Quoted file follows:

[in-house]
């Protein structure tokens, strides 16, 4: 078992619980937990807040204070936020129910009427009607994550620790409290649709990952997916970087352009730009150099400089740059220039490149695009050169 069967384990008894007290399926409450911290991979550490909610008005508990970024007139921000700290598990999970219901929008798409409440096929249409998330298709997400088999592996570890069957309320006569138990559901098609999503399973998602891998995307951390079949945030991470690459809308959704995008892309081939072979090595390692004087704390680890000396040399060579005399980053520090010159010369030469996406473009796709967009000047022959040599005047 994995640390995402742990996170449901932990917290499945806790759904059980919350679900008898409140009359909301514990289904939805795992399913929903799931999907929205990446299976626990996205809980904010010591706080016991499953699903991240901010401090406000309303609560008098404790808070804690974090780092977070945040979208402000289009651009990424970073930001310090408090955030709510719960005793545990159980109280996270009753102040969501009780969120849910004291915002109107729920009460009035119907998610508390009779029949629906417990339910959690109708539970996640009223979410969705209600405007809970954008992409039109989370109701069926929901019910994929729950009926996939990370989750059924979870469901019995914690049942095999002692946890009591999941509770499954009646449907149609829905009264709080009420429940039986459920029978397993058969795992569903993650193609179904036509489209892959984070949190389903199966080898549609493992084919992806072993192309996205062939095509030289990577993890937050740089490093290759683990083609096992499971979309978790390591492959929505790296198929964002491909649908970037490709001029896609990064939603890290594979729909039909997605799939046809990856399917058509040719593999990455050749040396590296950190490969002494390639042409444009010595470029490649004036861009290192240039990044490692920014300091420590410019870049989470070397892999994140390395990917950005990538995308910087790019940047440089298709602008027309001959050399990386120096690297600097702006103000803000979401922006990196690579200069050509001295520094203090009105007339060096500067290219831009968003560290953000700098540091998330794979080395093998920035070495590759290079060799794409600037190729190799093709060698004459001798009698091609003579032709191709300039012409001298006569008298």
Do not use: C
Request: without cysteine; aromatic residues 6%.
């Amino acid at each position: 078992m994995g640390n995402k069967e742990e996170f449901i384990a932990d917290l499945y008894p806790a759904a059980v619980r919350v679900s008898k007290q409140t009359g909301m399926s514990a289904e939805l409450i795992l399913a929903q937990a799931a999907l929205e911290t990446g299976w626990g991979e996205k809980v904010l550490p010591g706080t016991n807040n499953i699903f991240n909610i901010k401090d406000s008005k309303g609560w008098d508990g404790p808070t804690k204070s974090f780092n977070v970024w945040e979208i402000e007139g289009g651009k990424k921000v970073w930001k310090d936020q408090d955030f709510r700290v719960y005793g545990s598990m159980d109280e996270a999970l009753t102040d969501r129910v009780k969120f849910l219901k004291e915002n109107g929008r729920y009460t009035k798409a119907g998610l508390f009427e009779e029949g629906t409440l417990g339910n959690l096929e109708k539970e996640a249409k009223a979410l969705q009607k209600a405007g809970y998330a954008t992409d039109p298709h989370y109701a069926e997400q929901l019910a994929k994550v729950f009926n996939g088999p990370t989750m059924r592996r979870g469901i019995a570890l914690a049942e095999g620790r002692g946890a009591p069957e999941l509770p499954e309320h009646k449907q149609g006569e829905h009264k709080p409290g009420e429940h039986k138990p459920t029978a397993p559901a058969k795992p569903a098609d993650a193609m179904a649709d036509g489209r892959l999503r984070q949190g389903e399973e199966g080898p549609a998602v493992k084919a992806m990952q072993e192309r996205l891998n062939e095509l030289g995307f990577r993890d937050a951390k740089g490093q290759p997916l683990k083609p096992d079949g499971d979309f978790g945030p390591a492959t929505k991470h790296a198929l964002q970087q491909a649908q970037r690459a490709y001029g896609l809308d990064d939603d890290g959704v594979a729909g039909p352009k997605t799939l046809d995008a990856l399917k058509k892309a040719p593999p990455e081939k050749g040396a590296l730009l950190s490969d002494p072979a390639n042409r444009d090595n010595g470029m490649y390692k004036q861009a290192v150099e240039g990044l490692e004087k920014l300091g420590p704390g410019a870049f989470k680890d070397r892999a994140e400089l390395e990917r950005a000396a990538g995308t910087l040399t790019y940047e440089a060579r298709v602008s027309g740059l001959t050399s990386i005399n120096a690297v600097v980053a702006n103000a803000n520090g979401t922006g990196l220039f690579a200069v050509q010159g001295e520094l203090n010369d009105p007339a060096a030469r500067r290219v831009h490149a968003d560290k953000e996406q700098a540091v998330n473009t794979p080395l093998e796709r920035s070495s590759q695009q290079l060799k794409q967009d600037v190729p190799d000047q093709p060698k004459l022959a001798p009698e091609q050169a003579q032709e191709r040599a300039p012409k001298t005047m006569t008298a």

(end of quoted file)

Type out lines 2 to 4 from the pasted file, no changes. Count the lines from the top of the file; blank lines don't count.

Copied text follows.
């Protein structure tokens, strides 16, 4: 078992619980937990807040204070936020129910009427009607994550620790409290649709990952997916970087352009730009150099400089740059220039490149695009050169 069967384990008894007290399926409450911290991979550490909610008005508990970024007139921000700290598990999970219901929008798409409440096929249409998330298709997400088999592996570890069957309320006569138990559901098609999503399973998602891998995307951390079949945030991470690459809308959704995008892309081939072979090595390692004087704390680890000396040399060579005399980053520090010159010369030469996406473009796709967009000047022959040599005047 994995640390995402742990996170449901932990917290499945806790759904059980919350679900008898409140009359909301514990289904939805795992399913929903799931999907929205990446299976626990996205809980904010010591706080016991499953699903991240901010401090406000309303609560008098404790808070804690974090780092977070945040979208402000289009651009990424970073930001310090408090955030709510719960005793545990159980109280996270009753102040969501009780969120849910004291915002109107729920009460009035119907998610508390009779029949629906417990339910959690109708539970996640009223979410969705209600405007809970954008992409039109989370109701069926929901019910994929729950009926996939990370989750059924979870469901019995914690049942095999002692946890009591999941509770499954009646449907149609829905009264709080009420429940039986459920029978397993058969795992569903993650193609179904036509489209892959984070949190389903199966080898549609493992084919992806072993192309996205062939095509030289990577993890937050740089490093290759683990083609096992499971979309978790390591492959929505790296198929964002491909649908970037490709001029896609990064939603890290594979729909039909997605799939046809990856399917058509040719593999990455050749040396590296950190490969002494390639042409444009010595470029490649004036861009290192240039990044490692920014300091420590410019870049989470070397892999994140390395990917950005990538995308910087790019940047440089298709602008027309001959050399990386120096690297600097702006103000803000979401922006990196690579200069050509001295520094203090009105007339060096500067290219831009968003560290953000700098540091998330794979080395093998920035070495590759290079060799794409600037190729190799093709060698004459001798009698091609003579032709191709300039012409001298006569008298």
Do not use: C
Request: without cysteine; aromatic residues 6%.